A December 2020 study by UC Berkeley and Google researchers utilized a deep neural network to analyze facial expressions in six million YouTube clips representing people from over 140 countries. The study found that, despite socio-cultural differences, people around the world tended to use about 70% of the same facial expressions in response to different emotional stimuli and situations.[1]

The study’s researchers also published a fascinating interactive map to demonstrate how their machine learning technology assessed various facial expressions and determined subtle differences in emotional responses.

This study highlights the social importance of facial expressions because whether or not we’re consciously aware of them—by gazing into a mirror or your screen on a video conferencing platform—how we present our faces to others can have tremendous impacts on their perceptions of us, our confidence, and our emotional states. This awareness is the essential first step towards

2. Relax Your Face

New research on bruxism and facial tension found the stresses and anxieties of Covid-19 lockdowns led to considerable increases in orofacial pain, jaw-clenching, and teeth grinding, particularly among women.[2]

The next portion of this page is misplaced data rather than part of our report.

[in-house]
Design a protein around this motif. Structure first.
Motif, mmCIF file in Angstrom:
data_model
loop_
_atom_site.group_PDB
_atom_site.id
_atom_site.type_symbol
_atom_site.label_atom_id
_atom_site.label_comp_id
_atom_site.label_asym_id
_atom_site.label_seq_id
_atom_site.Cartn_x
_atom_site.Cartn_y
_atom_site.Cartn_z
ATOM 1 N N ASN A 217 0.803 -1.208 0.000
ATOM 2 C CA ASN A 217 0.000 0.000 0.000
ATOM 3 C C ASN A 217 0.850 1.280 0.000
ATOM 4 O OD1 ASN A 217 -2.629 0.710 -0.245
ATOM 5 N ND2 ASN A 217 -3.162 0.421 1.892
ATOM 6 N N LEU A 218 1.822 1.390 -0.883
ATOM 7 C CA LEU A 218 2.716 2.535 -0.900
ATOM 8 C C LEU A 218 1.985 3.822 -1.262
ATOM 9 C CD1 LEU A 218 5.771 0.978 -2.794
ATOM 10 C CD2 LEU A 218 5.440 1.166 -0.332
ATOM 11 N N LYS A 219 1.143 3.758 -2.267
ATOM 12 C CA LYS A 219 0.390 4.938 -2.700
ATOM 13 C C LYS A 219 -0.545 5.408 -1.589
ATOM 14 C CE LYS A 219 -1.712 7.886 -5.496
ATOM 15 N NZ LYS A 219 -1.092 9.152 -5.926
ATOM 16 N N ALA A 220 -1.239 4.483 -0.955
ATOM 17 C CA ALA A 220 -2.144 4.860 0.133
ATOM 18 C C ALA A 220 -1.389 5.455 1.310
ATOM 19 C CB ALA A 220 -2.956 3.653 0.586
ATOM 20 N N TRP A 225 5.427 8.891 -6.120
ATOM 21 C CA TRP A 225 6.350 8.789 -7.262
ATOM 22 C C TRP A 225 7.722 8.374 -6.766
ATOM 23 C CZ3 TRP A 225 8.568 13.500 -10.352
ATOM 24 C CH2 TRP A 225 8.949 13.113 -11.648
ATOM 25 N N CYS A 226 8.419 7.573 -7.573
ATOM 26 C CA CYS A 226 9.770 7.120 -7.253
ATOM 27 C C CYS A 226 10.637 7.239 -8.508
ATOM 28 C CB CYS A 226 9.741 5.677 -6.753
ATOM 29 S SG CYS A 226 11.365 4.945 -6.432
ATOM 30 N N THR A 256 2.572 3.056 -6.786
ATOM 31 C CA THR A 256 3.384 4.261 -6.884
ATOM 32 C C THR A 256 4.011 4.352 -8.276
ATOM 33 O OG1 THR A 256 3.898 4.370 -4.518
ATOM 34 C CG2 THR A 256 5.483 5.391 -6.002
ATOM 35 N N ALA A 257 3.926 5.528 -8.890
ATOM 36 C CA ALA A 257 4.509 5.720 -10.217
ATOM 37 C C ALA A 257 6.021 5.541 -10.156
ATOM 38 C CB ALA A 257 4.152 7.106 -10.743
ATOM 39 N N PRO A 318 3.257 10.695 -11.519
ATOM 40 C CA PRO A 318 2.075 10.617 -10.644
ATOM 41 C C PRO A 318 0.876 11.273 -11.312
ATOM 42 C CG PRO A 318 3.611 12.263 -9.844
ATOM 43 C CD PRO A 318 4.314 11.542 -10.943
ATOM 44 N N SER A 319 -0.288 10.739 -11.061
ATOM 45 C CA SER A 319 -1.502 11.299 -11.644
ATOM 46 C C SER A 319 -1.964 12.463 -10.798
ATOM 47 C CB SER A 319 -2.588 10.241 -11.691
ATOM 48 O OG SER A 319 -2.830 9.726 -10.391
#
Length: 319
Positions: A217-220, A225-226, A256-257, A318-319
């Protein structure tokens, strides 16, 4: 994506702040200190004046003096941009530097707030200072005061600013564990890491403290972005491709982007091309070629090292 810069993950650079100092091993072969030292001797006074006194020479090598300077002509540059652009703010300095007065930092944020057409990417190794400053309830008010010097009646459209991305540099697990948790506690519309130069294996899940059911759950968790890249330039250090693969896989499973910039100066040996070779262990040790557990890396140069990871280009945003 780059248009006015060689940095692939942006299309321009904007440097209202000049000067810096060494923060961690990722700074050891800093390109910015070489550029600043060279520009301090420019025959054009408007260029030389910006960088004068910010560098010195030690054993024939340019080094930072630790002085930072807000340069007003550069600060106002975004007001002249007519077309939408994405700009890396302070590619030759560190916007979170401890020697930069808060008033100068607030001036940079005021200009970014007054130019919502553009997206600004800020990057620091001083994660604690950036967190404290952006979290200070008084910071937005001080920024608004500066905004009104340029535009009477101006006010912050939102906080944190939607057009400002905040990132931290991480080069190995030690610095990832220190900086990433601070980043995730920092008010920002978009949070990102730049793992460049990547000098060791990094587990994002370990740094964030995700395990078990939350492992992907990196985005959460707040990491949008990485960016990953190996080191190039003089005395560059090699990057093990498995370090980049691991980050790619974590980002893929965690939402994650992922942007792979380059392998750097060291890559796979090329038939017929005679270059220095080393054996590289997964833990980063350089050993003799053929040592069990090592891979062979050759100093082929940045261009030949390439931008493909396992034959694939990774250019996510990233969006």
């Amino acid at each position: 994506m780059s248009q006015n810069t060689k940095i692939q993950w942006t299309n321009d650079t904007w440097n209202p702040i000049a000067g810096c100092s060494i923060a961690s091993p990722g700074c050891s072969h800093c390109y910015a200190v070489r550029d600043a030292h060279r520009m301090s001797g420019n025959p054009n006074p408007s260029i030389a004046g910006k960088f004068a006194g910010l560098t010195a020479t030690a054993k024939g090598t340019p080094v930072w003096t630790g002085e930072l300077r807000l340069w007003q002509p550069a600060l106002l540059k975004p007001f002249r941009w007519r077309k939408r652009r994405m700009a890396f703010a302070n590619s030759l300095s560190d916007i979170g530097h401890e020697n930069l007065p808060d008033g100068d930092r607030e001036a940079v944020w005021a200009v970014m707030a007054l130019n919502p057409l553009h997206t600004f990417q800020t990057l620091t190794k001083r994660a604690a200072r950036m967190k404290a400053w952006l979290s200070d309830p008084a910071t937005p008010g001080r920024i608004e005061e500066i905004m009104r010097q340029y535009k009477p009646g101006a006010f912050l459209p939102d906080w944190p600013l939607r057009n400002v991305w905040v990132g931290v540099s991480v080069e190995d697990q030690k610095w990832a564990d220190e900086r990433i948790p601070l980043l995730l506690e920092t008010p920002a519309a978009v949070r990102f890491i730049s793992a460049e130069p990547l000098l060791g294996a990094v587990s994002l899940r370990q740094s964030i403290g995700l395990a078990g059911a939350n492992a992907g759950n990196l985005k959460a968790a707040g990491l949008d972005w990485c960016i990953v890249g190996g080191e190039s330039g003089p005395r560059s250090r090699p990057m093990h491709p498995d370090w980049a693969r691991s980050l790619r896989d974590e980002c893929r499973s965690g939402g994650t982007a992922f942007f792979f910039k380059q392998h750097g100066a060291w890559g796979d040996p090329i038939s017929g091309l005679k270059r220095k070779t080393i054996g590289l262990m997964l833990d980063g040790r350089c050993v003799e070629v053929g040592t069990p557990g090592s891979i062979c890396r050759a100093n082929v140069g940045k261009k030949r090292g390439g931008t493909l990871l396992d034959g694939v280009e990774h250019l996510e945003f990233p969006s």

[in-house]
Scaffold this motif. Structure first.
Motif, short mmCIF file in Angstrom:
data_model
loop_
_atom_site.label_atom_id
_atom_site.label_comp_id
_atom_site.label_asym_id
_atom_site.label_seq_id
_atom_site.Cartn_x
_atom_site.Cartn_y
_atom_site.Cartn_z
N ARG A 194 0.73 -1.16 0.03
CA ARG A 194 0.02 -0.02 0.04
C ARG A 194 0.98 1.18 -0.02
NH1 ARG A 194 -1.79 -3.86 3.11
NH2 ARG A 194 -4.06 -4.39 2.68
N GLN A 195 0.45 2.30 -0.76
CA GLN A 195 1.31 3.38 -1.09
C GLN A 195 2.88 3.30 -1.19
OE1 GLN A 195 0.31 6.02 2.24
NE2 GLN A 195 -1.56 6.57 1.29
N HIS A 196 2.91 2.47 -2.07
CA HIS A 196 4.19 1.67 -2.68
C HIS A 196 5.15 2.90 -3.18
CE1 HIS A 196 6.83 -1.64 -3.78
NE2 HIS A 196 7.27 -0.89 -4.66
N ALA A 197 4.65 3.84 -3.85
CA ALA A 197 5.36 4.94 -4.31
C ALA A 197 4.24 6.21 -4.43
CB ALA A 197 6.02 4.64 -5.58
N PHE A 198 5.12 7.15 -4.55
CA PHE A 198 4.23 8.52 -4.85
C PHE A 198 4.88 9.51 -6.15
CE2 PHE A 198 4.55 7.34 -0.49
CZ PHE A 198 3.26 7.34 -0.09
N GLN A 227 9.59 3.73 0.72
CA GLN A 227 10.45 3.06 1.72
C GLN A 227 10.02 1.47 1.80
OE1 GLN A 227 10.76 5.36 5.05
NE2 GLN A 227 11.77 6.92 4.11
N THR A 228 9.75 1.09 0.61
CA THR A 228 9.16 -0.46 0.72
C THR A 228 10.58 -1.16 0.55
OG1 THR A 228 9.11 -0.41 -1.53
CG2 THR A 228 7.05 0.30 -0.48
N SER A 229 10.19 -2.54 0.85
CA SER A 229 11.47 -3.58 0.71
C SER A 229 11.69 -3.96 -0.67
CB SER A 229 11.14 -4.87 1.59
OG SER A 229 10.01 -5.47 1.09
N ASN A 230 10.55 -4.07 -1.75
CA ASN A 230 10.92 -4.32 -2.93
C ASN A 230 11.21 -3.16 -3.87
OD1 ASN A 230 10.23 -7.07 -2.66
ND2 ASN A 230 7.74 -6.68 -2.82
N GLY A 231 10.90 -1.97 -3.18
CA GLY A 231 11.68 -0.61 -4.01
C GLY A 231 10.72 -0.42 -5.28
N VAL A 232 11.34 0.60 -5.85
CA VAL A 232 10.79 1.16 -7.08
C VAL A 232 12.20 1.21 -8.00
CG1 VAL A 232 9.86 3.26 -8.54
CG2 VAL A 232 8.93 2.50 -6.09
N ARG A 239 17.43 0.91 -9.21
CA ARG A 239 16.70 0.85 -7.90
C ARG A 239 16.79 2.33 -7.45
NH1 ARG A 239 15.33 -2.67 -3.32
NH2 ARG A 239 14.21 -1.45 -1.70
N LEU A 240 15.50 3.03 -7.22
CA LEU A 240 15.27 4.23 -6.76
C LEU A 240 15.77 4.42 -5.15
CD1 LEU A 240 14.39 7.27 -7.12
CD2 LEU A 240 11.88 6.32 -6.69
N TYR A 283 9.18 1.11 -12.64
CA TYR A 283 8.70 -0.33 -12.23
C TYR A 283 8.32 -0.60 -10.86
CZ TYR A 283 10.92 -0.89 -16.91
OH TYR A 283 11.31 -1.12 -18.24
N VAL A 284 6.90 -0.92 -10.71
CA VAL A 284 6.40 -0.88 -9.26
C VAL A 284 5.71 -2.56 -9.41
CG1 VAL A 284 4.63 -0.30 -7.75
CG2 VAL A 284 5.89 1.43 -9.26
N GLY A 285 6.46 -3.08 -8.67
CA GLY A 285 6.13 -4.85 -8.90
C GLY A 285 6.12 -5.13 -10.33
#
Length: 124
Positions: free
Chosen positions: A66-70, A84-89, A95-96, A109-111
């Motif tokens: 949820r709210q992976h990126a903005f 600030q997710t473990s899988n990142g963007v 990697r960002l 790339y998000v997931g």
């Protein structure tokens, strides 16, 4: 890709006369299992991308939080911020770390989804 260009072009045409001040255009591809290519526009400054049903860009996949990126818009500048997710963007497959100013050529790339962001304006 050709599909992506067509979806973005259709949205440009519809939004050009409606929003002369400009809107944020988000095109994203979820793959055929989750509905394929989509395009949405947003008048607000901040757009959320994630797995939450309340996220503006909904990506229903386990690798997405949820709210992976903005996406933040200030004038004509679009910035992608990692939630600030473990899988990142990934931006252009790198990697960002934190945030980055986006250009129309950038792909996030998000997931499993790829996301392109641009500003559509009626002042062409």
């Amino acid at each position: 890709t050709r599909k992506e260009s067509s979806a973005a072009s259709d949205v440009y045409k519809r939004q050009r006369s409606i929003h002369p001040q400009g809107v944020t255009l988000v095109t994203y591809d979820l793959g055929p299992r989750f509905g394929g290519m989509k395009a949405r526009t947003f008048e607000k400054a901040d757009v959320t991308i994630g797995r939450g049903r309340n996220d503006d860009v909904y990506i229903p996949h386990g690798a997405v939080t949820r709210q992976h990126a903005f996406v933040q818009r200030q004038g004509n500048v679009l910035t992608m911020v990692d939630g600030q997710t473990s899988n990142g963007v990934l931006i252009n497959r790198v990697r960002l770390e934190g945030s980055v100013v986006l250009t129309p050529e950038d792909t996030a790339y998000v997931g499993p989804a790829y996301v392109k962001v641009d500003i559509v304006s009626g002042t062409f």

The National Institute of Dental and Craniofacial Research estimates that more than 10 million Americans alone have temporomandibular joint dysfunction (TMJ syndrome), and facial tension can lead to other complications such as insomnia, wrinkles, dry skin, and dark, puffy bags under your eyes.[3])

To avoid these unpleasant outcomes, start practicing progressive muscle relaxation techniques and taking breaks more frequently throughout the day to moderate facial tension.[4] You should also try out some biofeedback techniques to enhance your awareness of involuntary bodily processes like facial tension and achieve more confident body language as a result.[5]

Advertising

3. Improve Your Eye Contact

Did you know there’s an entire subfield of kinesic communication research dedicated to eye movements and behaviors called oculesics?[6] It refers to various communication behaviors including direct eye contact, averting one’s gaze, pupil dilation/constriction, and even frequency of blinking. All of these qualities can shape how other people perceive you, which means that eye contact is yet another area of nonverbal body language that we should be more mindful of in social interactions.